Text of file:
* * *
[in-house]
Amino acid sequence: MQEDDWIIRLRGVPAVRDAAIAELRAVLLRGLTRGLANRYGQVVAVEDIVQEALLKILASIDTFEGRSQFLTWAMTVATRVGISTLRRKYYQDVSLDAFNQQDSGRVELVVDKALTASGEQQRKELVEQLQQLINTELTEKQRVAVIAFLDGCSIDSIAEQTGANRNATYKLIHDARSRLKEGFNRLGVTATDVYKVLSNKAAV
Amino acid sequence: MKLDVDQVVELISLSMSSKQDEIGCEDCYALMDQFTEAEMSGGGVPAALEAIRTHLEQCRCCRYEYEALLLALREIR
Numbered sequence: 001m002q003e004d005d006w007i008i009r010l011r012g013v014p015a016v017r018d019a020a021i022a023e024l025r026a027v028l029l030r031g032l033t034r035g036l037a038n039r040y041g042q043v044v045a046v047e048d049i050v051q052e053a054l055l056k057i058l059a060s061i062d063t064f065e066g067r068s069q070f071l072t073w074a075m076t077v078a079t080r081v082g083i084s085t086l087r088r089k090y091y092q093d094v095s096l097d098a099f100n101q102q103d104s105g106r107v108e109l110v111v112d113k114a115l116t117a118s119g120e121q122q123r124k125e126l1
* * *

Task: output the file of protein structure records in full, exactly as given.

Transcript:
[in-house]
Amino acid sequence: MQEDDWIIRLRGVPAVRDAAIAELRAVLLRGLTRGLANRYGQVVAVEDIVQEALLKILASIDTFEGRSQFLTWAMTVATRVGISTLRRKYYQDVSLDAFNQQDSGRVELVVDKALTASGEQQRKELVEQLQQLINTELTEKQRVAVIAFLDGCSIDSIAEQTGANRNATYKLIHDARSRLKEGFNRLGVTATDVYKVLSNKAAV
Amino acid sequence: MKLDVDQVVELISLSMSSKQDEIGCEDCYALMDQFTEAEMSGGGVPAALEAIRTHLEQCRCCRYEYEALLLALREIR
Numbered sequence: 001m002q003e004d005d006w007i008i009r010l011r012g013v014p015a016v017r018d019a020a021i022a023e024l025r026a027v028l029l030r031g032l033t034r035g036l037a038n039r040y041g042q043v044v045a046v047e048d049i050v051q052e053a054l055l056k057i058l059a060s061i062d063t064f065e066g067r068s069q070f071l072t073w074a075m076t077v078a079t080r081v082g083i084s085t086l087r088r089k090y091y092q093d094v095s096l097d098a099f100n101q102q103d104s105g106r107v108e109l110v111v112d113k114a115l116t117a118s119g120e121q122q123r124k125e126l1